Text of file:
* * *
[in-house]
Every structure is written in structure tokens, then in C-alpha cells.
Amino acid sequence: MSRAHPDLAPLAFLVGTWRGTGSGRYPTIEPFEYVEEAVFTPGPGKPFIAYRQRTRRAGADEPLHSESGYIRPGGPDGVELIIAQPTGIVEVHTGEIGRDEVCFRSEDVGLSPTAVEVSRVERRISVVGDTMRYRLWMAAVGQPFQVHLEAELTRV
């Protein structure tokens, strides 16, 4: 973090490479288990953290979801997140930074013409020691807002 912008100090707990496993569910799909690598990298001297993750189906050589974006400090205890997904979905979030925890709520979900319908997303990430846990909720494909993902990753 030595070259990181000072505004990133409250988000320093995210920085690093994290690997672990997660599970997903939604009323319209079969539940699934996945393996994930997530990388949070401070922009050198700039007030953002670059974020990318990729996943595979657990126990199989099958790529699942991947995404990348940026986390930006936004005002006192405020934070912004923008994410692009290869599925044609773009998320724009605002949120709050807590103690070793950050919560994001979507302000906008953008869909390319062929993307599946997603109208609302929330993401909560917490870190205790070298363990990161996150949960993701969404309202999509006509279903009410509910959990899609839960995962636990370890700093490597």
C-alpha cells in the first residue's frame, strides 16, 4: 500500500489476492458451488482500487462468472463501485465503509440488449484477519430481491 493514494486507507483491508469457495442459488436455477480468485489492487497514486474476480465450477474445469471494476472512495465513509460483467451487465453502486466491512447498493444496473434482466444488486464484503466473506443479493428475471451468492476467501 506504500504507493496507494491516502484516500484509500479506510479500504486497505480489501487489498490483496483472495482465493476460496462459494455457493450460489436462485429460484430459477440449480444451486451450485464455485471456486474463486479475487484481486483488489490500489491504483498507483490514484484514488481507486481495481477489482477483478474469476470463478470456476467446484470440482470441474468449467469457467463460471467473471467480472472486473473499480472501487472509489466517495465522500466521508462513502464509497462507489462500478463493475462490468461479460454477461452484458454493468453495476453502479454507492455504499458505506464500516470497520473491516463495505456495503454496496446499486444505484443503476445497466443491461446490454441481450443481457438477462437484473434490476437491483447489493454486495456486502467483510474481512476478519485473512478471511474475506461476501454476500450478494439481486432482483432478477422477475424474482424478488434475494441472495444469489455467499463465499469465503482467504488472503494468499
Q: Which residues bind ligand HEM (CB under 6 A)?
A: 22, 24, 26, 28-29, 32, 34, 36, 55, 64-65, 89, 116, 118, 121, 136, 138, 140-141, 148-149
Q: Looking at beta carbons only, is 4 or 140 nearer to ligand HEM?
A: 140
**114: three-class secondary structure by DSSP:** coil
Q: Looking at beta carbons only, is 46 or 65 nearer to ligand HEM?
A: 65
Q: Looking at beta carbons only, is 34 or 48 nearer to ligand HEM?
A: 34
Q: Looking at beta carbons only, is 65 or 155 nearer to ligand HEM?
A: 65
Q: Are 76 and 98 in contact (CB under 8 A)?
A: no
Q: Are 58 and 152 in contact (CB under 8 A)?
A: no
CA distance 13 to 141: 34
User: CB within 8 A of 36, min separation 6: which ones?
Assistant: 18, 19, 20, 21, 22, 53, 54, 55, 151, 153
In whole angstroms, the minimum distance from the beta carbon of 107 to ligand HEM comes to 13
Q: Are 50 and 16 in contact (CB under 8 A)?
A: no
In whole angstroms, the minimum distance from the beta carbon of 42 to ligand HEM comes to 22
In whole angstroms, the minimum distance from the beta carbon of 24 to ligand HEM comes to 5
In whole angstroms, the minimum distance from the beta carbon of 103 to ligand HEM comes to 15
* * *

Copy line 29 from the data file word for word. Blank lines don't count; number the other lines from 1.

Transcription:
In whole angstroms, the minimum distance from the beta carbon of 103 to ligand HEM comes to 15